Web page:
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Here's 5 facts you probably didn't know about radiography

Published Nov 8, 2020

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CAPE TOWN- World Radiography Day marks the anniversary of the discovery of X-rays on 8 November 1895. This annual event recognizes the achievements in medical imaging and Wilhelm Conrad Röntgen’s discovery of X-rays.

Here are 5 interesting facts about radiography and x-ray imaging:

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1. The first-ever x-ray was an accident:

German scientist, Wilhelm Roentgen, was studying the path of electricity in 1895 when he noticed that the image was sticking to a paper and contained details not contained in an ordinary photograph. After making a few adjustments, he took the first x-ray of a human hand. He won the Nobel Prize in Physics for 1901.

2. X-rays went through a period of novelty.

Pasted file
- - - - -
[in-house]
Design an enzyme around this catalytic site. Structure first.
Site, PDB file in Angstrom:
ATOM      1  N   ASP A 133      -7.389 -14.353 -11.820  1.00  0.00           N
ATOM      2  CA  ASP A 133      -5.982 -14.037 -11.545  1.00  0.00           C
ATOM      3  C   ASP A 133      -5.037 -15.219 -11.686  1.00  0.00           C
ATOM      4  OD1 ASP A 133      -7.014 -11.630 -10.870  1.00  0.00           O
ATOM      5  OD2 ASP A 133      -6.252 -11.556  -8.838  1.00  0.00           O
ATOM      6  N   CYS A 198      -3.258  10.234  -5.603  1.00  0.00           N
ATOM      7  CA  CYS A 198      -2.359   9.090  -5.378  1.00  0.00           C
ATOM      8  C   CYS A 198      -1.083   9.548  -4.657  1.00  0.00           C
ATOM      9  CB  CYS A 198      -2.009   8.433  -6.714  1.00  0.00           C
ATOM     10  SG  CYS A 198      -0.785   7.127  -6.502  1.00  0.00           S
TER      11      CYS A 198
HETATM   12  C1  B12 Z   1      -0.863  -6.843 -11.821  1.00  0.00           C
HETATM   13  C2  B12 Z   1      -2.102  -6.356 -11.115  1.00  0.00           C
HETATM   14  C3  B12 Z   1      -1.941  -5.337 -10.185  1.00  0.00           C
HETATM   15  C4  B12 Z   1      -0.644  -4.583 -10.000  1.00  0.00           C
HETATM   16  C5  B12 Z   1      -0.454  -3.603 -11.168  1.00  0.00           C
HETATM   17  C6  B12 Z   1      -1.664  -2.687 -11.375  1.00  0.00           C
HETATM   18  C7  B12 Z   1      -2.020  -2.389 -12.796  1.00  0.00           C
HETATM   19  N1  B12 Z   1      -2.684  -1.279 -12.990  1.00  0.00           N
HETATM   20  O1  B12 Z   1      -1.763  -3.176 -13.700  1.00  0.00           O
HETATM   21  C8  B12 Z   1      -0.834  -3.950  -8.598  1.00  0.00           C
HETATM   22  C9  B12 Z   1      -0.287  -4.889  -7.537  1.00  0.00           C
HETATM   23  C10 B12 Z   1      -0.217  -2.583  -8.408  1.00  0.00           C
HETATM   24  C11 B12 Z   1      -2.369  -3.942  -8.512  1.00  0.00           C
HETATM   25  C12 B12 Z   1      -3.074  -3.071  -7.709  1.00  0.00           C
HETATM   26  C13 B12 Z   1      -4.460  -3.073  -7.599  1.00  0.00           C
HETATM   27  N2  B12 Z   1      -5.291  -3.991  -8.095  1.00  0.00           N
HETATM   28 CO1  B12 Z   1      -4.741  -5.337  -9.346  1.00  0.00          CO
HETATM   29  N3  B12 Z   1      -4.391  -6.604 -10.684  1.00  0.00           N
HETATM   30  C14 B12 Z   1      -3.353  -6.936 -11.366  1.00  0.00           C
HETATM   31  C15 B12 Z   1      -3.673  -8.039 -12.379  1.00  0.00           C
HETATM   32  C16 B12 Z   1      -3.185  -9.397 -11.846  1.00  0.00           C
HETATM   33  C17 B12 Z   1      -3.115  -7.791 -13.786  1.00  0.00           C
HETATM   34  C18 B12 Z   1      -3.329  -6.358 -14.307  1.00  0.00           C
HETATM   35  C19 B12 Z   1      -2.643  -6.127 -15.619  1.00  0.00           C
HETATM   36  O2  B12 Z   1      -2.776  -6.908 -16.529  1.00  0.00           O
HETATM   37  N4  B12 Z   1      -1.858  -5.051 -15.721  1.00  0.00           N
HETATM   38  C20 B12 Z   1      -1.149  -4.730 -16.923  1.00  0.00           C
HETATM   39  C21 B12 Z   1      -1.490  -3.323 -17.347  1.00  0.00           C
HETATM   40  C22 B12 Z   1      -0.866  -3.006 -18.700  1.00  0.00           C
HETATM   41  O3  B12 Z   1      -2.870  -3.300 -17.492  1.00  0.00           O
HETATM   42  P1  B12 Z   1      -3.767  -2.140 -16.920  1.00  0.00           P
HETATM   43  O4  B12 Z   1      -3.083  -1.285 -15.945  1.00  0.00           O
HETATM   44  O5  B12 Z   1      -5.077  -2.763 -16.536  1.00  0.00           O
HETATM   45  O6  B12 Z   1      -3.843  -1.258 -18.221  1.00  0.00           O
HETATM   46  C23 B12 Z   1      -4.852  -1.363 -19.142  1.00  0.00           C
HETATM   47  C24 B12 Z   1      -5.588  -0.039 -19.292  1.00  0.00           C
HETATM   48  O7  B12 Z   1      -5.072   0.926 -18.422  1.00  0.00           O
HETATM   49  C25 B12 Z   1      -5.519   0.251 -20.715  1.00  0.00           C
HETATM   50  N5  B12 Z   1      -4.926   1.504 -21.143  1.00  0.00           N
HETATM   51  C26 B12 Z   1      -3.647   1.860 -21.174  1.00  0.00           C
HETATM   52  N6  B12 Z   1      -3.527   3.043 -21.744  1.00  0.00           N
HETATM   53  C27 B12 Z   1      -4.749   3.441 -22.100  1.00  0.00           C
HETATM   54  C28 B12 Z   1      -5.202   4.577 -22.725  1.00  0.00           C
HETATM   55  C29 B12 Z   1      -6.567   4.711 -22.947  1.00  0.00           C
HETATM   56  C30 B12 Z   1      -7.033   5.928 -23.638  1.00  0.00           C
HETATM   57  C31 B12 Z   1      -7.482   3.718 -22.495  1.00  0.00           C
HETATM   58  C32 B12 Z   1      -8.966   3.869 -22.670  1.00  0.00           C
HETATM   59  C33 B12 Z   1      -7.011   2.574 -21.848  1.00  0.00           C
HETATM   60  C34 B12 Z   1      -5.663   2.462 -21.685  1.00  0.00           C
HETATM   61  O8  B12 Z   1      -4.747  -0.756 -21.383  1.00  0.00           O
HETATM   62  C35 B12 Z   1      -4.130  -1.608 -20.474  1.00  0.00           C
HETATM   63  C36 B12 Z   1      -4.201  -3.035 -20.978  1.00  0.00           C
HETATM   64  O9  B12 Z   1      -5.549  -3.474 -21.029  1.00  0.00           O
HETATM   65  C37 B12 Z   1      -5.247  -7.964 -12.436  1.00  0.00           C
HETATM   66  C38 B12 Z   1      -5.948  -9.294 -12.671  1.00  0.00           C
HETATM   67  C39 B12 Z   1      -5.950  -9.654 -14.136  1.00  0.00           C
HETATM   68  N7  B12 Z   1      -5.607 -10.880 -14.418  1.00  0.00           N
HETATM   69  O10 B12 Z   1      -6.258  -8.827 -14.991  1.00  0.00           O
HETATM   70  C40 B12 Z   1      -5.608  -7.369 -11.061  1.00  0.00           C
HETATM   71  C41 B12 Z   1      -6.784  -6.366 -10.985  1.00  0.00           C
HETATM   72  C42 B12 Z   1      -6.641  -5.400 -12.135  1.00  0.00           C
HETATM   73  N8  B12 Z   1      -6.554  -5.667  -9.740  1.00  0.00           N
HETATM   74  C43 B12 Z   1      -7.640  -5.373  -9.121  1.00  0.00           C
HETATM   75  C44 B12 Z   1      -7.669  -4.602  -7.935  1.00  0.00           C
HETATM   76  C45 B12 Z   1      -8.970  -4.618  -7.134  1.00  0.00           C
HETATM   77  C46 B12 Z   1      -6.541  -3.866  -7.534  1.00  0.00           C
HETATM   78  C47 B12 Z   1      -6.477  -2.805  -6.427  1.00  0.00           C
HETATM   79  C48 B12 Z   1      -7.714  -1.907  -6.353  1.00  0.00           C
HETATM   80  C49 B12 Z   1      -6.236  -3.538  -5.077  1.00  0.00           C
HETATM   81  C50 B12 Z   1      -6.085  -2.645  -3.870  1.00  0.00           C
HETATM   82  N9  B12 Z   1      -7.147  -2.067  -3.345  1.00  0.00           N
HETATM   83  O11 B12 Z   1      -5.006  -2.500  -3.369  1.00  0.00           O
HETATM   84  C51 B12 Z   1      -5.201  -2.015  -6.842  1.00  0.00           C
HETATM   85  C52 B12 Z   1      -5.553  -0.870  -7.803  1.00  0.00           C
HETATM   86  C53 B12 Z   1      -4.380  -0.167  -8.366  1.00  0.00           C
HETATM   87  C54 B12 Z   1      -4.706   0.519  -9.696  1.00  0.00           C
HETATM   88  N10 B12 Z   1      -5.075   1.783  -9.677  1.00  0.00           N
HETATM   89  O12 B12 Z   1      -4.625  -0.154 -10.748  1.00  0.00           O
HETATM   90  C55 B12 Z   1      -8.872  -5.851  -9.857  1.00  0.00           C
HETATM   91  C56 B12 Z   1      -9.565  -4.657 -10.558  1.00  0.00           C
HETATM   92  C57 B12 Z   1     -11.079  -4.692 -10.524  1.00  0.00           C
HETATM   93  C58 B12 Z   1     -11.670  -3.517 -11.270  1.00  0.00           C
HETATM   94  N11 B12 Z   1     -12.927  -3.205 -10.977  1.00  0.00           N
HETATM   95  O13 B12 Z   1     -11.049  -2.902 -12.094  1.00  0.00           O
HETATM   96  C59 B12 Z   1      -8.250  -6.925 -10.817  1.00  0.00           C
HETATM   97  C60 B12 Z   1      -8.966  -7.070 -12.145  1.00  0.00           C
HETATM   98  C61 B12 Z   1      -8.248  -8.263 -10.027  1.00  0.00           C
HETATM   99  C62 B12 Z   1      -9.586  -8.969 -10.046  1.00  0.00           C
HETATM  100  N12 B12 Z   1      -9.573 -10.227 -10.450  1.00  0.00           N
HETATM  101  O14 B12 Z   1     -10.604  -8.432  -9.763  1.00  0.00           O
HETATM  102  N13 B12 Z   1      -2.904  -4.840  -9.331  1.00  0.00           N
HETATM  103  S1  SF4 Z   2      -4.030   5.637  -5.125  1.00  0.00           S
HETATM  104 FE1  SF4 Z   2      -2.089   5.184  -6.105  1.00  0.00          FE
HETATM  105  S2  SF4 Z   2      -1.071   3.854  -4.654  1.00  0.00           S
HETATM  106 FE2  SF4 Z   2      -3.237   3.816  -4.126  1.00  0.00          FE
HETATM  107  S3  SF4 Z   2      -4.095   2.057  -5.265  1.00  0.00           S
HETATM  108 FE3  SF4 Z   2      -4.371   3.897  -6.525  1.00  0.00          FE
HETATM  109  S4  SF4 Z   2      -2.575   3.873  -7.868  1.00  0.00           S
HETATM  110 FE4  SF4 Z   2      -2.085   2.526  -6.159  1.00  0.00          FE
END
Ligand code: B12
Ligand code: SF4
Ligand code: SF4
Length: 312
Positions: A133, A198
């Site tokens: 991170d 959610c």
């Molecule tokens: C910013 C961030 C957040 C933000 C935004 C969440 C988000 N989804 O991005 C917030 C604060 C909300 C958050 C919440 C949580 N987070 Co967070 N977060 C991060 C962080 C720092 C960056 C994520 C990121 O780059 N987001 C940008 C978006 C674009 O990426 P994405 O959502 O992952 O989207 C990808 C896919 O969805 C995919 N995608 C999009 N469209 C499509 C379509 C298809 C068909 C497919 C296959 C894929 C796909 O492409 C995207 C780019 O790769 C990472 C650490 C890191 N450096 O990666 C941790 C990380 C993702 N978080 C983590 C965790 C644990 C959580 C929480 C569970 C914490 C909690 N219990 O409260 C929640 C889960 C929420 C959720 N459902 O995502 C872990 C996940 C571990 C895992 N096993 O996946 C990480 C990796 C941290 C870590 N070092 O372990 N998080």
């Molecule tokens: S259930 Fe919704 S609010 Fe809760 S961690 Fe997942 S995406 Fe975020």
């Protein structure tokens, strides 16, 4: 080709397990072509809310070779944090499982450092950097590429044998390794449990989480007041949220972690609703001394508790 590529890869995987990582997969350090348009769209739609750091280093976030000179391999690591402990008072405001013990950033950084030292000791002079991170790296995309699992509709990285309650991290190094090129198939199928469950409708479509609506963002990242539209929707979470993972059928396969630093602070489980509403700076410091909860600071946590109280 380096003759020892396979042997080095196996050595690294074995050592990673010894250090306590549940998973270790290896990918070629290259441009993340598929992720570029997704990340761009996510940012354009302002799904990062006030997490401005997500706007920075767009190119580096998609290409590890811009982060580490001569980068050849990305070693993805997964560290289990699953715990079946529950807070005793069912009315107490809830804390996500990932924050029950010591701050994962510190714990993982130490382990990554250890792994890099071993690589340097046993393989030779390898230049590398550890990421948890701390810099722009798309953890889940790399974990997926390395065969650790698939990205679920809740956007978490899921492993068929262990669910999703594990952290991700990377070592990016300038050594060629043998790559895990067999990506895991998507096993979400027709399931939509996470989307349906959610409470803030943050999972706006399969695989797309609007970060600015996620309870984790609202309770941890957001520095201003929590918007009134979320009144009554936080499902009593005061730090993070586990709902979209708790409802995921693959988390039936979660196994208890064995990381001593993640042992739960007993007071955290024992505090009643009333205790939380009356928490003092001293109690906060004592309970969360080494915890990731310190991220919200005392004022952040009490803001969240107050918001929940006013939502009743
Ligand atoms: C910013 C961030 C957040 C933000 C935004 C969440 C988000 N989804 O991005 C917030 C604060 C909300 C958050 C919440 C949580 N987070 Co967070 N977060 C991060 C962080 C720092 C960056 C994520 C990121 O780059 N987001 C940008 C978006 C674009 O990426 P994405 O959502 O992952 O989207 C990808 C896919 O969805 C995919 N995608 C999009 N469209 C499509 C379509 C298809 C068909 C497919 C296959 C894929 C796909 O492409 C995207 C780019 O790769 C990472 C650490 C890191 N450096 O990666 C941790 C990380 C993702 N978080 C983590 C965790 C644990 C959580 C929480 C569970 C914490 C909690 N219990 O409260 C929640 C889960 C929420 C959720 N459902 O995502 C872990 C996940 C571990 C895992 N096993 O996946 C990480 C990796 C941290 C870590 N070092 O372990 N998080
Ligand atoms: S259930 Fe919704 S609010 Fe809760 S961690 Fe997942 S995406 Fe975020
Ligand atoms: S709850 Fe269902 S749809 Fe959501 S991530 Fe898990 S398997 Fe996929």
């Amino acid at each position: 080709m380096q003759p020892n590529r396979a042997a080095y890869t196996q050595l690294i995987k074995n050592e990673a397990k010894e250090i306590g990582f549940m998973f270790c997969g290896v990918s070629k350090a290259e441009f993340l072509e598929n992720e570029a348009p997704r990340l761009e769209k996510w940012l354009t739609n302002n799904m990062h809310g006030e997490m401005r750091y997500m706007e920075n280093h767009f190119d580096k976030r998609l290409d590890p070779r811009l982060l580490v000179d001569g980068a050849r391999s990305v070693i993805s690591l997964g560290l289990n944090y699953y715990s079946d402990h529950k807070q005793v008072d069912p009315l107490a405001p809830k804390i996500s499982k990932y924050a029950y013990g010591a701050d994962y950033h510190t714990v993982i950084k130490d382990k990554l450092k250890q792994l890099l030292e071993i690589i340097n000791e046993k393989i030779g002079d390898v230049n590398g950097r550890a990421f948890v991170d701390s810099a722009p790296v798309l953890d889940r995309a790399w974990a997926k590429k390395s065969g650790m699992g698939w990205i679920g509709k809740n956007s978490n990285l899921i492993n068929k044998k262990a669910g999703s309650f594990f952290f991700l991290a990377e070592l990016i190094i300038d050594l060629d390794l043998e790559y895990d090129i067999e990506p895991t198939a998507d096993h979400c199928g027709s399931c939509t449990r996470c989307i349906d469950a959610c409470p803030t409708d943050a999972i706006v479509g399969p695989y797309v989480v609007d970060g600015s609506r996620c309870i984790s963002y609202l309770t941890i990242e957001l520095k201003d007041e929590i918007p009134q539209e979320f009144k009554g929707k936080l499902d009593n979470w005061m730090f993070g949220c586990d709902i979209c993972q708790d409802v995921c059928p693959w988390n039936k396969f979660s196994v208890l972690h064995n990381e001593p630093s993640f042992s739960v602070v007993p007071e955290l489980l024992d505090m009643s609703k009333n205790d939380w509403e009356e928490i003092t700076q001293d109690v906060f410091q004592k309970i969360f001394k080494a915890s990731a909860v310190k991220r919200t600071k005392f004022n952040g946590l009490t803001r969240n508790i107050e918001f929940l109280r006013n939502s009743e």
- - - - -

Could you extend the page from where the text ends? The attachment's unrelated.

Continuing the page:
Before doctors and scientists knew that x-rays were dangerous for those exposed to them, they were used as novelty at carnivals and circuses like modern photo booths. Shoe stores even used X-rays to ensure a better fit of shoe using the shape and size of the bones.

3. They can be used in many ways.

X-rays have been used in the art world to examine paintings, discover rough sketches and even other paintings beneath a visible surface. They reveal the truth about priceless artifacts without damaging them, such as ancient Egyptian mummies or fossils.

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4. X-rays have advanced several medical treatments.

Radiotherapy has been used to treat some forms of cancer. X-rays have also revolutionized tuberculosis treatments. Chest X-rays allowed physicians to detect shadows on the lungs earlier, making tuberculosis treatments more effective due to early diagnosis.

5. One of the greatest inventors was afraid of X-rays.

Thomas Edison declared he was afraid of x-rays and discontinued working with them after attempting to create an X-ray light bulb. He cancelled the project after his team members developed cancer and died due to radiation exposure.

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